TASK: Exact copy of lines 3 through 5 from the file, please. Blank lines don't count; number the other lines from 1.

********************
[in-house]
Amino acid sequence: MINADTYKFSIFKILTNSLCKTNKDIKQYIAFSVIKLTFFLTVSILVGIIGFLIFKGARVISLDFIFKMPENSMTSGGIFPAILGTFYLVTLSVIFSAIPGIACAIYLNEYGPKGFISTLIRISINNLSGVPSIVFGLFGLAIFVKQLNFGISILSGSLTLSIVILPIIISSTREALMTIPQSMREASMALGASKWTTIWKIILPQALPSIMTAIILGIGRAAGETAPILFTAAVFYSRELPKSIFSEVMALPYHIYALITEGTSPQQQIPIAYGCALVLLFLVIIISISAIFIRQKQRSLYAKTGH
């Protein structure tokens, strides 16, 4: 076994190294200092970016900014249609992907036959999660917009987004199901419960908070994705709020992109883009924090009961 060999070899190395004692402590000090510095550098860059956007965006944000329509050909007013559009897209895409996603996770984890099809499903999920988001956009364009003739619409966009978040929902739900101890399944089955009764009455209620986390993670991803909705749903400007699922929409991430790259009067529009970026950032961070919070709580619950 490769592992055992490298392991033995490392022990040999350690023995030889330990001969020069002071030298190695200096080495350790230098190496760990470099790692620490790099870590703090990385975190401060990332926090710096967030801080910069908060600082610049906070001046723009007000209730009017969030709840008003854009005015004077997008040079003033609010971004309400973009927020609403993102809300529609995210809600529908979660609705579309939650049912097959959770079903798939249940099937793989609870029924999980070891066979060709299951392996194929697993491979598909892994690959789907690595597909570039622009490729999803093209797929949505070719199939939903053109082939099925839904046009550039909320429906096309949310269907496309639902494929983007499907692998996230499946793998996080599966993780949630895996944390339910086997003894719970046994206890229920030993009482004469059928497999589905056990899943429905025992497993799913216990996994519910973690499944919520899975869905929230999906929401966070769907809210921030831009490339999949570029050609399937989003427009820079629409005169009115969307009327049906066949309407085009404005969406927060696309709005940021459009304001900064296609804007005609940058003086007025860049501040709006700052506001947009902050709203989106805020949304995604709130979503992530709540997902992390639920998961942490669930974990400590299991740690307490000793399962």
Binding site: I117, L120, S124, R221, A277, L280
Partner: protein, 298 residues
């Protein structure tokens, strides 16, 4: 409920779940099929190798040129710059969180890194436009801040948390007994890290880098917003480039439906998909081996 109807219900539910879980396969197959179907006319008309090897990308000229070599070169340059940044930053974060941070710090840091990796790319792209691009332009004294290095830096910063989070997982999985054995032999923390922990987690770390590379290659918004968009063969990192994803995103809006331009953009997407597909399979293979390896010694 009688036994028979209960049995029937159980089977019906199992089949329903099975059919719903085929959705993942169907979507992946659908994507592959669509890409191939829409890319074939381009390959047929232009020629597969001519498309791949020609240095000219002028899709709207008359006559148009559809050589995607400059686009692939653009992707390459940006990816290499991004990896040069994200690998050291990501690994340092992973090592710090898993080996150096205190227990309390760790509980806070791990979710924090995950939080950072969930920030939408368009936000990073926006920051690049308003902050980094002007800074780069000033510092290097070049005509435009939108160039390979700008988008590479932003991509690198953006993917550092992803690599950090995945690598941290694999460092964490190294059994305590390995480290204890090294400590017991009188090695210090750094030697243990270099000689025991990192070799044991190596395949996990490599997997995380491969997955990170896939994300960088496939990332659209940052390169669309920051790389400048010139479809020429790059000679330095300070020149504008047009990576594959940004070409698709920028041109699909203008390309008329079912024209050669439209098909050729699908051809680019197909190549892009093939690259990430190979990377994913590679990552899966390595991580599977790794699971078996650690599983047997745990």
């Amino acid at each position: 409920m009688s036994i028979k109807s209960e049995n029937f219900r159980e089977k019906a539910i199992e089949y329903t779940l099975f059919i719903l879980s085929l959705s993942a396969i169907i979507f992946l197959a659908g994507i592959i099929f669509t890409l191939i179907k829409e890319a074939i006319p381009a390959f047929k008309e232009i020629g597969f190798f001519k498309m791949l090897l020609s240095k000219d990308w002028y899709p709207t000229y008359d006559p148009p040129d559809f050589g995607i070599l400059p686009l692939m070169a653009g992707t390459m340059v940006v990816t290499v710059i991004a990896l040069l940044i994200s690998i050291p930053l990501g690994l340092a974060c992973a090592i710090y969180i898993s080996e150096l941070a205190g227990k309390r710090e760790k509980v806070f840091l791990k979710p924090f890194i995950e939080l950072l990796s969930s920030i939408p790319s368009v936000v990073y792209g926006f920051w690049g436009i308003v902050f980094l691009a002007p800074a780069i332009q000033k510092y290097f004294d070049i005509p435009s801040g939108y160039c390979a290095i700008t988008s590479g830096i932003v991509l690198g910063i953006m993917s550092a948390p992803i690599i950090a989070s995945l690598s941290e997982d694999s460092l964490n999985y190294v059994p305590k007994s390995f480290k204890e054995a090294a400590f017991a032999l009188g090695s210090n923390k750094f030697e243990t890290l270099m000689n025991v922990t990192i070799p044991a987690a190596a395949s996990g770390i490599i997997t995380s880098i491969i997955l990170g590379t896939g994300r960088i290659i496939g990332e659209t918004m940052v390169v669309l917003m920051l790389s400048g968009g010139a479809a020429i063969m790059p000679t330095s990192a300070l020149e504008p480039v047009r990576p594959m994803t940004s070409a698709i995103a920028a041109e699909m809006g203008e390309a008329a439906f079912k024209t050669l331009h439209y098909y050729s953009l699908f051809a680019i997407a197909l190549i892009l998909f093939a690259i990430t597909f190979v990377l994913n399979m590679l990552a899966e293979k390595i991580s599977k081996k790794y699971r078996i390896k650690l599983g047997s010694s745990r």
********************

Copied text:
């Protein structure tokens, strides 16, 4: 076994190294200092970016900014249609992907036959999660917009987004199901419960908070994705709020992109883009924090009961 060999070899190395004692402590000090510095550098860059956007965006944000329509050909007013559009897209895409996603996770984890099809499903999920988001956009364009003739619409966009978040929902739900101890399944089955009764009455209620986390993670991803909705749903400007699922929409991430790259009067529009970026950032961070919070709580619950 490769592992055992490298392991033995490392022990040999350690023995030889330990001969020069002071030298190695200096080495350790230098190496760990470099790692620490790099870590703090990385975190401060990332926090710096967030801080910069908060600082610049906070001046723009007000209730009017969030709840008003854009005015004077997008040079003033609010971004309400973009927020609403993102809300529609995210809600529908979660609705579309939650049912097959959770079903798939249940099937793989609870029924999980070891066979060709299951392996194929697993491979598909892994690959789907690595597909570039622009490729999803093209797929949505070719199939939903053109082939099925839904046009550039909320429906096309949310269907496309639902494929983007499907692998996230499946793998996080599966993780949630895996944390339910086997003894719970046994206890229920030993009482004469059928497999589905056990899943429905025992497993799913216990996994519910973690499944919520899975869905929230999906929401966070769907809210921030831009490339999949570029050609399937989003427009820079629409005169009115969307009327049906066949309407085009404005969406927060696309709005940021459009304001900064296609804007005609940058003086007025860049501040709006700052506001947009902050709203989106805020949304995604709130979503992530709540997902992390639920998961942490669930974990400590299991740690307490000793399962």
Binding site: I117, L120, S124, R221, A277, L280
Partner: protein, 298 residues